effectiveness of control procedures upon which reliance had been planned; (iii) identification
of consequent changes, if any, to the audit plan; (iv) briefing of staff of changes to audit plan.
! Monitor performance of control testing against budget and recommend on revised resource
allocations/projections. ! Consider and recommend on substantive changes to audit plan. !
Advise leadership of the audit project or review partner on major problems or issues and
recommend solutions/actions. ! As necessary, arrange for documented revision of the audit
plan, and brief relevant staff on the changes.

4.0      Context: Substantive testing

Task 4.1        Planning: Identify the nature, timing and extent of audit procedures necessary
to be able to form an opinion on the extent of misstatements in account balances and
underlying classes of transactions.

Sub-tasks: Guide, supervise and review the audit staff in their development of the audit
programs for substantive testing.

Task 4.2       Evidence gathering: Gather evidence relevant to the extent of misstatements
in account balances and underlying classes of transactions.

Sub-tasks: Guide, supervise and review the audit staff in (i) the liaison processes used by
the audit staff (including its documentation); (ii) the acquisition of data relevant to the
determination of the extent of misstatements in account balances and underlying classes of
transactions; (iii) the budgeting, monitoring and day to day administration of this phase of the
audit ! Monitor the implementation of the audit plan, as it relates to substantive testing, to
pre-set schedules/performance indicators.

Task 4.3          Evidence evaluation: Evaluate evidence relevant to the extent of

AuditCompetencyStandard04_09ASIC_Lodged1
                                                13
misstatements in account balances and underlying classes of transactions.

Sub-tasks: Guide, supervise and review the audit staff in their (i) evaluation of the sufficiency
and appropriateness of evidence gathered; (ii) the qualitative and quantitative analysis of
misstatements; (iii) discussion of the consequence of the misstatements with the client
organisation; and (iv) final evaluation of the extent of misstatements in account balances and
underlying classes of transactions. ! Conclude as to the sufficiency and appropriateness of
evidence gathered during substantive testing. ! Conclude as to the final evaluation of
misstatements in account balances and underlying classes of transactions.

Task 4.4       Decision making: Decide the extent of misstatements in account balances and
underlying classes of transactions.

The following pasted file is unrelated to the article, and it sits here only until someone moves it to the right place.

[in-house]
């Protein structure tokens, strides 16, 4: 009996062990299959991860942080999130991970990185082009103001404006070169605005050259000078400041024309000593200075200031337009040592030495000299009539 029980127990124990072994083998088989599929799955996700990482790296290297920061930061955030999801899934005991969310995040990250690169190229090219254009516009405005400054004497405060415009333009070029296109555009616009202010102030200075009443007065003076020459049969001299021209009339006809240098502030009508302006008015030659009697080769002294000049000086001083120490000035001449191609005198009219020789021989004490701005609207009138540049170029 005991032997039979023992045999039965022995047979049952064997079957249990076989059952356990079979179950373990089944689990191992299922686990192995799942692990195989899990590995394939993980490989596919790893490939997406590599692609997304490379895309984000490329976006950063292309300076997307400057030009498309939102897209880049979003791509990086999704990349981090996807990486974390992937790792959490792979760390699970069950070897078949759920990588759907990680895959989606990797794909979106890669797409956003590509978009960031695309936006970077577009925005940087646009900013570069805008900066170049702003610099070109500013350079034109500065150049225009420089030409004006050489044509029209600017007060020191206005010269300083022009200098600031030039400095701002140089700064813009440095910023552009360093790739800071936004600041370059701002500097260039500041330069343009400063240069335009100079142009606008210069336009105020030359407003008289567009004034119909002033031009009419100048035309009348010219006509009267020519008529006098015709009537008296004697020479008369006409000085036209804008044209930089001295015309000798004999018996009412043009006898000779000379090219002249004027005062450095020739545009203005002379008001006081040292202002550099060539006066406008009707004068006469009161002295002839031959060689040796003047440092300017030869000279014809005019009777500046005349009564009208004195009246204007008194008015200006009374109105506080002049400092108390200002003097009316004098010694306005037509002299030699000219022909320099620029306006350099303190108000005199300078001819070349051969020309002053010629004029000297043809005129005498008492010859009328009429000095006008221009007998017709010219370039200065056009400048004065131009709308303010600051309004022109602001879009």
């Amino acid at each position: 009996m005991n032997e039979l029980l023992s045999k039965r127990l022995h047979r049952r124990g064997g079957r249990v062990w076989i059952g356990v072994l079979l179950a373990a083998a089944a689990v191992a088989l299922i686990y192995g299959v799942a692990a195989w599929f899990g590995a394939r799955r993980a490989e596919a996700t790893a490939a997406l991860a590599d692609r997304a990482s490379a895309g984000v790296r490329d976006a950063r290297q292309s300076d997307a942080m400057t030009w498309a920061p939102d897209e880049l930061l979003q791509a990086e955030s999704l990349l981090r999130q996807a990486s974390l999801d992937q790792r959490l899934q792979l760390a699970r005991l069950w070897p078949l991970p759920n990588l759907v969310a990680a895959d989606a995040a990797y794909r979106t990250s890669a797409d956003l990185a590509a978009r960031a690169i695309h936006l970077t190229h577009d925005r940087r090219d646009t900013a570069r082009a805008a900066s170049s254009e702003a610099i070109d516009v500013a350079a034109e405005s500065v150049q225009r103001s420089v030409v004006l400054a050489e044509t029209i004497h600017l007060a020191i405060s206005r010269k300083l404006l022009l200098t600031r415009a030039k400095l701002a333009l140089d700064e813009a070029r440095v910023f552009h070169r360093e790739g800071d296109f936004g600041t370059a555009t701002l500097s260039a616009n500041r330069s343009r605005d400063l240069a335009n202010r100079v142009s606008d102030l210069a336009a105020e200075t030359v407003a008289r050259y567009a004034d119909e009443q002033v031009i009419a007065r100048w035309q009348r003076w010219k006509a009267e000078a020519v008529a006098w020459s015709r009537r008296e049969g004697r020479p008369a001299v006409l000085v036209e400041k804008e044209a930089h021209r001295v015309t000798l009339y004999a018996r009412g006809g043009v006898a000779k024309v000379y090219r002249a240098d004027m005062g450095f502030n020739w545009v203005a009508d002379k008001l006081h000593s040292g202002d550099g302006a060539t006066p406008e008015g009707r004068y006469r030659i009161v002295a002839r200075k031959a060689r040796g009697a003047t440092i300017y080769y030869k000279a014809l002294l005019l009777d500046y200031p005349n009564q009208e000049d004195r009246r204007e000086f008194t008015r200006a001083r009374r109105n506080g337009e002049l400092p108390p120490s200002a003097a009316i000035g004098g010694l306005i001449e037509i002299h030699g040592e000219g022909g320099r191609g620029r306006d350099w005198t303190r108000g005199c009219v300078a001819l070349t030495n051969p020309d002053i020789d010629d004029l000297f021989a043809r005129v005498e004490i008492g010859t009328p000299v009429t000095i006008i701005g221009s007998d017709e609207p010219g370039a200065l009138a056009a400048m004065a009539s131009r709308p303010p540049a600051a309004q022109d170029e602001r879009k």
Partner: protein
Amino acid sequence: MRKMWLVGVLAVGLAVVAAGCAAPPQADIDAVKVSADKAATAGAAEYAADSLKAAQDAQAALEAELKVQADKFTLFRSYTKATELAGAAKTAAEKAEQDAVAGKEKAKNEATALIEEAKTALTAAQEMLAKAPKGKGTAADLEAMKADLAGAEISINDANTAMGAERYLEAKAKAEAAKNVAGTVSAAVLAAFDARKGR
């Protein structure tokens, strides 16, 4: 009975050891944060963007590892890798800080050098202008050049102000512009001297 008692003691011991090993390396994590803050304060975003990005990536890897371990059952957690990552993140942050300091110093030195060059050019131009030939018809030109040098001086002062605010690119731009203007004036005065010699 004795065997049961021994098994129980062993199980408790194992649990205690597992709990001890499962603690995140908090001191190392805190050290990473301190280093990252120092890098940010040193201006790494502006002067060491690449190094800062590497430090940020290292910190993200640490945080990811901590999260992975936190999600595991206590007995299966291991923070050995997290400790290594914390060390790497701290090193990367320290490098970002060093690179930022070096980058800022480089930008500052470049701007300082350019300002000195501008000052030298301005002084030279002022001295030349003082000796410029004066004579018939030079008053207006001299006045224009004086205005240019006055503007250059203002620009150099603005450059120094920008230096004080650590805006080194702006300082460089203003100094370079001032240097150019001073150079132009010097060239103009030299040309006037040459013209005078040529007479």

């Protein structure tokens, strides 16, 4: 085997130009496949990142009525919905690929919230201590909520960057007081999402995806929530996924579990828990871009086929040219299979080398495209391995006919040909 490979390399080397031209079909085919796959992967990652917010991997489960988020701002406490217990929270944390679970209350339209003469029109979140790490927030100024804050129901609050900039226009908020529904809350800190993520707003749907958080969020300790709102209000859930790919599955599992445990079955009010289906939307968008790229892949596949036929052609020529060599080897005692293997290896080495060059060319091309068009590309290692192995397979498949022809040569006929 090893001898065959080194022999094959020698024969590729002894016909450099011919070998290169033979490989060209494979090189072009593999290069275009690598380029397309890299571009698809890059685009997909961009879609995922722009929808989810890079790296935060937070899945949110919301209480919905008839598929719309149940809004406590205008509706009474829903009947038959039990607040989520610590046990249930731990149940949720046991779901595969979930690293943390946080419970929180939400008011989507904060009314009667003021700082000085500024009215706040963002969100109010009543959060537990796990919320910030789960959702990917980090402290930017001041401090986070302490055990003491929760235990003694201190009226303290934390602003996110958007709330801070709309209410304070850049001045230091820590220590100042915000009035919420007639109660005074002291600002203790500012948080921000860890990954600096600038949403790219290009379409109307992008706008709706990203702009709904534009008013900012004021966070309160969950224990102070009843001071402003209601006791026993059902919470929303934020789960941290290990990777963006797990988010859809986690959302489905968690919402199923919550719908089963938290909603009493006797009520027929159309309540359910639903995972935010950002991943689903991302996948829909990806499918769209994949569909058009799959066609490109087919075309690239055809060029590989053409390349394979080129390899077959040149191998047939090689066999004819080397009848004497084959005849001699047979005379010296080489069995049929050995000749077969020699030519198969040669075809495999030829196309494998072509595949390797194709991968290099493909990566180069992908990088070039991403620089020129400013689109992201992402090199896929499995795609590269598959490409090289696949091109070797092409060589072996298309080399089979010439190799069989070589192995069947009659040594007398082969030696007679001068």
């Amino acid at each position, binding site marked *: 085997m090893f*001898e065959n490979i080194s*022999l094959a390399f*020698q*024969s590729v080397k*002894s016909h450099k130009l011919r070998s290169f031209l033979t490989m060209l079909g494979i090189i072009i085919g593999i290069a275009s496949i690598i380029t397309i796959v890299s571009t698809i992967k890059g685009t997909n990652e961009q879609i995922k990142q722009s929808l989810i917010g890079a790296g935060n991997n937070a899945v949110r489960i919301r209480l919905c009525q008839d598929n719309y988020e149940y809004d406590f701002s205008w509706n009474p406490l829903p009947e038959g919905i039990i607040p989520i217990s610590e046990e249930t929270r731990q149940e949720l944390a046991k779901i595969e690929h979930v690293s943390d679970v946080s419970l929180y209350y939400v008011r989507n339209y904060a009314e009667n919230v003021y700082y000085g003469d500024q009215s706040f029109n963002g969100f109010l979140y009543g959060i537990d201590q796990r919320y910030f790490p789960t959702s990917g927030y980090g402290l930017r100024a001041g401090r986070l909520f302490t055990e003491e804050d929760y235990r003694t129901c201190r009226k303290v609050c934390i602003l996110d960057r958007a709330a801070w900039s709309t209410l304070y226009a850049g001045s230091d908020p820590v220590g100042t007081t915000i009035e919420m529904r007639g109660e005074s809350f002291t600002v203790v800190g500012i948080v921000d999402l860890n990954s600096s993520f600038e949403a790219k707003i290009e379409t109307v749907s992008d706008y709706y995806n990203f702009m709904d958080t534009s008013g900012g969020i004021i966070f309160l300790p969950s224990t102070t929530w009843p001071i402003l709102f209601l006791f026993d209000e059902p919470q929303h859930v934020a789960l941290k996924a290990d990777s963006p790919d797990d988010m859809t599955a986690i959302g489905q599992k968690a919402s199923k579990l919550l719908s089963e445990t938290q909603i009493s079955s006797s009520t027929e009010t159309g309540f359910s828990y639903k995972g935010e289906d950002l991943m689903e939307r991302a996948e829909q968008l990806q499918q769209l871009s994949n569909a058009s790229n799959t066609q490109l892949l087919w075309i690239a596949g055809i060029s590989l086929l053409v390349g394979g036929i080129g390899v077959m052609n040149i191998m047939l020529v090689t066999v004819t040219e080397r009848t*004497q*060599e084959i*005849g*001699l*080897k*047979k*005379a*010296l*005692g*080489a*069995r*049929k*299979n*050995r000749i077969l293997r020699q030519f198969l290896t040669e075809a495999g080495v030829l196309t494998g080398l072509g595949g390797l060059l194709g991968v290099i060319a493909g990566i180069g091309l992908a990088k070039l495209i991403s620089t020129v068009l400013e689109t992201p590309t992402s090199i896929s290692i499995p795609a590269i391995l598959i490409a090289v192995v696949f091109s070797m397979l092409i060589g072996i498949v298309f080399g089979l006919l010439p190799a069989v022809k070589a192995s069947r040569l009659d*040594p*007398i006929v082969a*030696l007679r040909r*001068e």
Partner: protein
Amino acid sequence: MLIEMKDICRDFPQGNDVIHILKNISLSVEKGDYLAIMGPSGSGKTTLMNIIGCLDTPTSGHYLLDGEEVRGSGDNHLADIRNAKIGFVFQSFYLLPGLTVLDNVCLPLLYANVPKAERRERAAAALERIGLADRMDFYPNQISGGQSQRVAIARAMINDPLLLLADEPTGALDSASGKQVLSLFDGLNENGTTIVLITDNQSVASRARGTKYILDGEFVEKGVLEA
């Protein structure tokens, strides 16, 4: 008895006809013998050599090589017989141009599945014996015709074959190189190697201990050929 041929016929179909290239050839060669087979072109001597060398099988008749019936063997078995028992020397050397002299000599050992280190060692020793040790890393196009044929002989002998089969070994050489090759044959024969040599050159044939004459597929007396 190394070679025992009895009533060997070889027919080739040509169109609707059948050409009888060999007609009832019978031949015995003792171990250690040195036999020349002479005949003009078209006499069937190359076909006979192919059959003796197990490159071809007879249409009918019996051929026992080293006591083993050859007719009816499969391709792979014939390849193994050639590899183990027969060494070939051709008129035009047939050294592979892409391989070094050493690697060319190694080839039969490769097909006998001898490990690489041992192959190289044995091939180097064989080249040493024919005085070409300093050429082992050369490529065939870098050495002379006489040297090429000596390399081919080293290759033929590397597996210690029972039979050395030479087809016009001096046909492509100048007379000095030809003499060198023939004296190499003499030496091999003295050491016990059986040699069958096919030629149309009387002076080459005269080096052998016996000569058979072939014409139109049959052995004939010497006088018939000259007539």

Sub-tasks: Advise leadership of the audit project or review partner on major problems or
issues and recommend solutions/actions. ! Consider and recommend on substantive
changes to the audit plan. ! As necessary, arrange for the documented revision of the audit
plan, and brief relevant staff on the changes.

5.0      Context: Opinion formulation

Task 5.1        Planning: Identify the nature, timing and extent of audit procedures necessary
to be able to form an opinion on the financial report.

Sub-tasks: Identify the factors relevant to the determination of materiality for reporting
purposes. ! Guide, supervise and review the audit staff in their development of the audit
programs for this phase of the audit.

Task 5.2       Evidence gathering: Gather evidence relevant to the formation of an opinion
on the financial report.

Sub-task: Lead the liaison processes used by the audit team (including its documentation).
! Monitor the implementation of the audit plan during this phase of the audit to pre-set
schedules/ performance indicators. ! Supervise the checking and editing of the (draft) final
report for the overall audit.

Task 5.3       Evidence evaluation: Evaluate evidence relevant to the formation of an opinion
on the financial report.

Sub-tasks: Guide, supervise and review audit staff in their evaluation of both the sufficiency
and appropriateness of evidence gathered during this phase of the audit and the factors
relevant to the determination of the type of opinion to be included in the auditor’s report. !
Conclude as to sufficiency and appropriateness of evidence gathered during this phase of the
audit. ! Conclude as to factors relevant to the determination of the type of opinion to be
included in the auditor’s report. ! Discuss with the client organisation the consequence of
the evidence gathered on the type of opinion that may issue. ! Advise leadership of the